Under an agreement between Japan and the US, Japanese inspectors will visit US meat plants to check standards. If they are acceptable, the country will then accept US imports without checking every meat shipment from the approved plants.
Japan only began accepting limited beef imports in July following a mad cow scare in 2003.
"The inspections which Japan has been calling for have been accepted. This is big progress because they will confirm safety," said Japan's agriculture minister Toshikatsu Matsuoka to the BBC.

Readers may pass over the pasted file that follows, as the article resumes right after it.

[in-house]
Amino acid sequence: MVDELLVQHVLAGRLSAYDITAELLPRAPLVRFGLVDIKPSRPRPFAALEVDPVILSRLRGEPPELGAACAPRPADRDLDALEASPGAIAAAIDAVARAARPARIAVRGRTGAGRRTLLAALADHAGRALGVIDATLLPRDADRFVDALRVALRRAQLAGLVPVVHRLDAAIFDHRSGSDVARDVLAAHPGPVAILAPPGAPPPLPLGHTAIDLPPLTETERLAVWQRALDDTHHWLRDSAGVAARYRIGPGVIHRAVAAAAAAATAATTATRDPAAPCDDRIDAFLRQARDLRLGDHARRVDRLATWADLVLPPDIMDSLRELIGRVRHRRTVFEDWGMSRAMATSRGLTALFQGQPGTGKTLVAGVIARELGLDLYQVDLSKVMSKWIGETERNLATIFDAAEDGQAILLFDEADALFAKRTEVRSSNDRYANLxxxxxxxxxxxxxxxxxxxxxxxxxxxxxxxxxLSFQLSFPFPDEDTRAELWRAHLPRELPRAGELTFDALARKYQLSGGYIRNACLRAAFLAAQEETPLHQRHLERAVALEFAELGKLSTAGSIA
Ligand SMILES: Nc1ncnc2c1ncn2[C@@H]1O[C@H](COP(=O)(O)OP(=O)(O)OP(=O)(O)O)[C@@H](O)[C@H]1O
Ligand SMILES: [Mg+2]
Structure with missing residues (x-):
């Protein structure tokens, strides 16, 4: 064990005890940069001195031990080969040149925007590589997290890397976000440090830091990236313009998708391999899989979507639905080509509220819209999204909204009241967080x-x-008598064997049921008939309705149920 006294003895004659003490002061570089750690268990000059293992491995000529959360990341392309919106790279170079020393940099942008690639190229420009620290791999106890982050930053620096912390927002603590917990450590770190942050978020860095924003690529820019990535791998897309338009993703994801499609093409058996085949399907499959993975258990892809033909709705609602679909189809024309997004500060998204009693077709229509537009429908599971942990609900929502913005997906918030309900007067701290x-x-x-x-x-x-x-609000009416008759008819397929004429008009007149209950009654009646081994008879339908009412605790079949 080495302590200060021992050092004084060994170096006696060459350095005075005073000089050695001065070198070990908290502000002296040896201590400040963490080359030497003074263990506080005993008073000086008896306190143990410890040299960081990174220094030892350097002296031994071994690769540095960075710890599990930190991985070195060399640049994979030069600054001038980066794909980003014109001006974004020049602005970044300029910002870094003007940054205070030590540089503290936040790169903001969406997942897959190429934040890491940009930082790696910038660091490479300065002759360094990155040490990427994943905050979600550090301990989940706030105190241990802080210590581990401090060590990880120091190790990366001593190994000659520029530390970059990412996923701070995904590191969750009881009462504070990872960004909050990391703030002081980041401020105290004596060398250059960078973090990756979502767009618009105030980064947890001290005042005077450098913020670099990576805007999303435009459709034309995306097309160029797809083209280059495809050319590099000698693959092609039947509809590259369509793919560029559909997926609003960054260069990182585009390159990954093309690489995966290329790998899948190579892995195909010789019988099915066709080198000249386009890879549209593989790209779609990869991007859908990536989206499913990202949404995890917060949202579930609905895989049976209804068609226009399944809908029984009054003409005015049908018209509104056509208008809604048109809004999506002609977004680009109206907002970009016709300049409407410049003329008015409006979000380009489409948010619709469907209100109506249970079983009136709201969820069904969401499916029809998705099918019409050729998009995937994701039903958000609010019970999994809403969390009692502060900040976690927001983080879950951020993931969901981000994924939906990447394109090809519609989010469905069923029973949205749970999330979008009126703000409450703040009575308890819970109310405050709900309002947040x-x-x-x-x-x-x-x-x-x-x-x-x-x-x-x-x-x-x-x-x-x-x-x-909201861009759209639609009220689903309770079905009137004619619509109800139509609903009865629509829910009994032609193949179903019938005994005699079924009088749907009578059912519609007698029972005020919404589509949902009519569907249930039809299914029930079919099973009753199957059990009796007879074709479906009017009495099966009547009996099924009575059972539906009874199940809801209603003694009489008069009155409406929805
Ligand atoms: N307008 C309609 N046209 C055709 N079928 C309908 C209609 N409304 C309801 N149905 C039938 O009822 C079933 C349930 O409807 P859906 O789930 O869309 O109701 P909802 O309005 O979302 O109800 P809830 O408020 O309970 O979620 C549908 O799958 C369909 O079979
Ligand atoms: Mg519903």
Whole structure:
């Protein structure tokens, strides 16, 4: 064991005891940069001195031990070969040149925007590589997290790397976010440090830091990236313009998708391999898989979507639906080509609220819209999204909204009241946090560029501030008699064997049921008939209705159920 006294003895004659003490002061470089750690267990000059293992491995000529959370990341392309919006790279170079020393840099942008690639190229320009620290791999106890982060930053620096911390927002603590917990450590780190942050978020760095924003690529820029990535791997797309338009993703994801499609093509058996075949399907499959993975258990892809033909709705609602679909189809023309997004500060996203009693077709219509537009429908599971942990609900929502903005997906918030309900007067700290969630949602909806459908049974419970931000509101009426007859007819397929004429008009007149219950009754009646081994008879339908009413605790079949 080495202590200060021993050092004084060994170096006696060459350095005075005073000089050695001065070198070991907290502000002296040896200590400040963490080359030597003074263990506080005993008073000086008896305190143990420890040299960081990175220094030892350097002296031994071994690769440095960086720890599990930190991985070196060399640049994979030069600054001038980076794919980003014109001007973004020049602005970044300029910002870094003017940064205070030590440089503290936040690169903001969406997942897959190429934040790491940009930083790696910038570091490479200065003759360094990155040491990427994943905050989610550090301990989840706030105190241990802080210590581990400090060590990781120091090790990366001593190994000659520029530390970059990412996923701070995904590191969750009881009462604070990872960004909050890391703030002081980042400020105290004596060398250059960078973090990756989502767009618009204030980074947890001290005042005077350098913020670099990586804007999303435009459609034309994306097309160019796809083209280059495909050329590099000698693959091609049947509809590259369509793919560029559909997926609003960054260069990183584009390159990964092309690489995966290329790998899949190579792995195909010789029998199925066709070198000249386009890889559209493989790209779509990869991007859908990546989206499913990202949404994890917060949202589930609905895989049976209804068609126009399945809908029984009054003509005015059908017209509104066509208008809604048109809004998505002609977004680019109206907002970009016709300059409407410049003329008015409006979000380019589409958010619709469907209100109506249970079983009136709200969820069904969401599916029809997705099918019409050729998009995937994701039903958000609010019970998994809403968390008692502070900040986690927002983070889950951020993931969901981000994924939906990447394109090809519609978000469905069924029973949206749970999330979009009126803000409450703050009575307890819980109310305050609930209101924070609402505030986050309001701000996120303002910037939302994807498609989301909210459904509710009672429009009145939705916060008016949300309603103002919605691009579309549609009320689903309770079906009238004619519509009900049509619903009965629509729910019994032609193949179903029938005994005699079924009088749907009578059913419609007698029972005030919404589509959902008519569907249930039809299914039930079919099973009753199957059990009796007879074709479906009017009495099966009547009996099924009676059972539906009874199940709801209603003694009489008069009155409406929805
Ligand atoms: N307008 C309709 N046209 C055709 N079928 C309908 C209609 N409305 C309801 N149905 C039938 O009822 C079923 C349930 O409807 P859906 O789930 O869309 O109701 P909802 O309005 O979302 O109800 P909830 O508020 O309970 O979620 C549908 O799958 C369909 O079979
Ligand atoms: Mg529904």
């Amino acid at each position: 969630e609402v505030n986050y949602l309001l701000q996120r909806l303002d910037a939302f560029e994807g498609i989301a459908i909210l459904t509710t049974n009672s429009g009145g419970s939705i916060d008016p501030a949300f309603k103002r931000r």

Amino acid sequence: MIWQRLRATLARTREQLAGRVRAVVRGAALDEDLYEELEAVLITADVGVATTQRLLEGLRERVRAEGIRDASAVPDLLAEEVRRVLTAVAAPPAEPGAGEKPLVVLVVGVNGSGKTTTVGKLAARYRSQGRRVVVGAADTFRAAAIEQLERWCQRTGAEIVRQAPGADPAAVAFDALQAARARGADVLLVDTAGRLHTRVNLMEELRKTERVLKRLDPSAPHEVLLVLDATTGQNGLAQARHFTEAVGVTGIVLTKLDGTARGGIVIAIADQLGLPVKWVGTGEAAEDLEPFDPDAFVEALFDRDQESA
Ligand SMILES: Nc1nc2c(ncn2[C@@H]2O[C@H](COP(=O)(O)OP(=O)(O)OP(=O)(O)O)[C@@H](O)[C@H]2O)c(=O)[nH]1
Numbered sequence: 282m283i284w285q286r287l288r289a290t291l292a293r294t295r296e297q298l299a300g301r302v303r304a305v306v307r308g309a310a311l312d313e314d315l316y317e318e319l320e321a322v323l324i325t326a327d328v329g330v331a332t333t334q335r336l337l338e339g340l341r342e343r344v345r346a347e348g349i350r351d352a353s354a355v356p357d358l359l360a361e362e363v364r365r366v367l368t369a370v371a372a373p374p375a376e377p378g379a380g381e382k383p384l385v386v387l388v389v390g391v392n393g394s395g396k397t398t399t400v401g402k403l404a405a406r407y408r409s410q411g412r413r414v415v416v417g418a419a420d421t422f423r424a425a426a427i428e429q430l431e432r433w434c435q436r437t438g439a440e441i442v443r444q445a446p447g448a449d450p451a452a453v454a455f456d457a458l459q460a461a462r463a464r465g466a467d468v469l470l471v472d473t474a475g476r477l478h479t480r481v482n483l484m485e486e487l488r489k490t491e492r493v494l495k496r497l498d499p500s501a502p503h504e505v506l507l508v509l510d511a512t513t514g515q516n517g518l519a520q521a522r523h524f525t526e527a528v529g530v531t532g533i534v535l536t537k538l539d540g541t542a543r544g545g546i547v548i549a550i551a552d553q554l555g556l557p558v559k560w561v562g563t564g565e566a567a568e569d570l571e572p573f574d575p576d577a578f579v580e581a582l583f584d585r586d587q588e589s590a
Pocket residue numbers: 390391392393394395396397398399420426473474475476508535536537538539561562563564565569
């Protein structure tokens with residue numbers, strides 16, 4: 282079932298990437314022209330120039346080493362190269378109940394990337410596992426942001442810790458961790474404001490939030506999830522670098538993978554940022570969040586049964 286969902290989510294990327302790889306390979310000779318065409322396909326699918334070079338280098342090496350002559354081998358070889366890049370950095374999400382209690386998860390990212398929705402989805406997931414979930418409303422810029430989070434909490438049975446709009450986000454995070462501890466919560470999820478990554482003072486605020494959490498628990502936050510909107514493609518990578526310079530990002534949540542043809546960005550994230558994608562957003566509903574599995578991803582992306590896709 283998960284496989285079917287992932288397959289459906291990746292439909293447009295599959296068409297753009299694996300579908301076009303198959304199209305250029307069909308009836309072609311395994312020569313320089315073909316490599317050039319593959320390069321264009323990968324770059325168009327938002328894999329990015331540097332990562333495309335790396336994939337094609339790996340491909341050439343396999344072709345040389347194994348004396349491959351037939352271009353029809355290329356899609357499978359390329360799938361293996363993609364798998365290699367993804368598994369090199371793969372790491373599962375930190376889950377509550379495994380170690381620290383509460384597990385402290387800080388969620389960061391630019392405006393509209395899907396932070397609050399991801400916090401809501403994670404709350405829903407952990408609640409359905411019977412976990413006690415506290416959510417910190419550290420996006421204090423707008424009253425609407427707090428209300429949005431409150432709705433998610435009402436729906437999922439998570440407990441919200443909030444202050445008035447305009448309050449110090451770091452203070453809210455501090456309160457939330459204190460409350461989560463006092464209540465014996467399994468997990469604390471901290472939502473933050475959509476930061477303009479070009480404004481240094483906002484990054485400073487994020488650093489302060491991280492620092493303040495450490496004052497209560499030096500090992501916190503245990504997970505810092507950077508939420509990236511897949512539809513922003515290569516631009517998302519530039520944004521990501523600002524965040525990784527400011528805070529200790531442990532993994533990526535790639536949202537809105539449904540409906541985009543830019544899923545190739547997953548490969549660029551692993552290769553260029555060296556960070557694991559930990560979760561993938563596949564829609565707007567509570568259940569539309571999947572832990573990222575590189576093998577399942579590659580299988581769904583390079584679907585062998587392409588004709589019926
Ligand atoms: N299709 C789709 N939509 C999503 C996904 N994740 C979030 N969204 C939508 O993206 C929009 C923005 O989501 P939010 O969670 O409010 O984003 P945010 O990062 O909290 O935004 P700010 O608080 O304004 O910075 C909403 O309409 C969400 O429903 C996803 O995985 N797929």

The US added that the deal was an "important first step" in its efforts to expand its beef trade with the country.
The issue has been a sore point between the two nations - with the US threatening sanctions if Japan did not lift its conditions.
Up until now, however, Japan has refused to accept any US cattle older than 20 months at the time of slaughter.
Prior to the 2003 ban, Japan had been the main export market for US beef - worth an estimated $1.4bn (£700m).